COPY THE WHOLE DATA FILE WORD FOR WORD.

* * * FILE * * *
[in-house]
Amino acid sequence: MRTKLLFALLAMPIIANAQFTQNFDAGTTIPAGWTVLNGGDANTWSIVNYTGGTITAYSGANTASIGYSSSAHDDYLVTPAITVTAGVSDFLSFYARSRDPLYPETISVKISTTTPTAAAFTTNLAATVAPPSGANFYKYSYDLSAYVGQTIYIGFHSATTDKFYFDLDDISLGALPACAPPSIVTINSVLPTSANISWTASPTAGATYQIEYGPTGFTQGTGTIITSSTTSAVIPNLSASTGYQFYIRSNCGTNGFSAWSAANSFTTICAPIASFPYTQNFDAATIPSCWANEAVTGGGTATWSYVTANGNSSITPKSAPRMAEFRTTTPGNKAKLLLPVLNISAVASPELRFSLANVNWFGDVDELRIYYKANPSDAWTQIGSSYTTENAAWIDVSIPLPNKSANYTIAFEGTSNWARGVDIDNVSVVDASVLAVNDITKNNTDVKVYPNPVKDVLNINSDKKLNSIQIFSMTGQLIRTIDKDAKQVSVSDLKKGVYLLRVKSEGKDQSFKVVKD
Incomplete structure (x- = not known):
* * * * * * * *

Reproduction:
[in-house]
Amino acid sequence: MRTKLLFALLAMPIIANAQFTQNFDAGTTIPAGWTVLNGGDANTWSIVNYTGGTITAYSGANTASIGYSSSAHDDYLVTPAITVTAGVSDFLSFYARSRDPLYPETISVKISTTTPTAAAFTTNLAATVAPPSGANFYKYSYDLSAYVGQTIYIGFHSATTDKFYFDLDDISLGALPACAPPSIVTINSVLPTSANISWTASPTAGATYQIEYGPTGFTQGTGTIITSSTTSAVIPNLSASTGYQFYIRSNCGTNGFSAWSAANSFTTICAPIASFPYTQNFDAATIPSCWANEAVTGGGTATWSYVTANGNSSITPKSAPRMAEFRTTTPGNKAKLLLPVLNISAVASPELRFSLANVNWFGDVDELRIYYKANPSDAWTQIGSSYTTENAAWIDVSIPLPNKSANYTIAFEGTSNWARGVDIDNVSVVDASVLAVNDITKNNTDVKVYPNPVKDVLNINSDKKLNSIQIFSMTGQLIRTIDKDAKQVSVSDLKKGVYLLRVKSEGKDQSFKVVKD
Incomplete structure (x- = not known):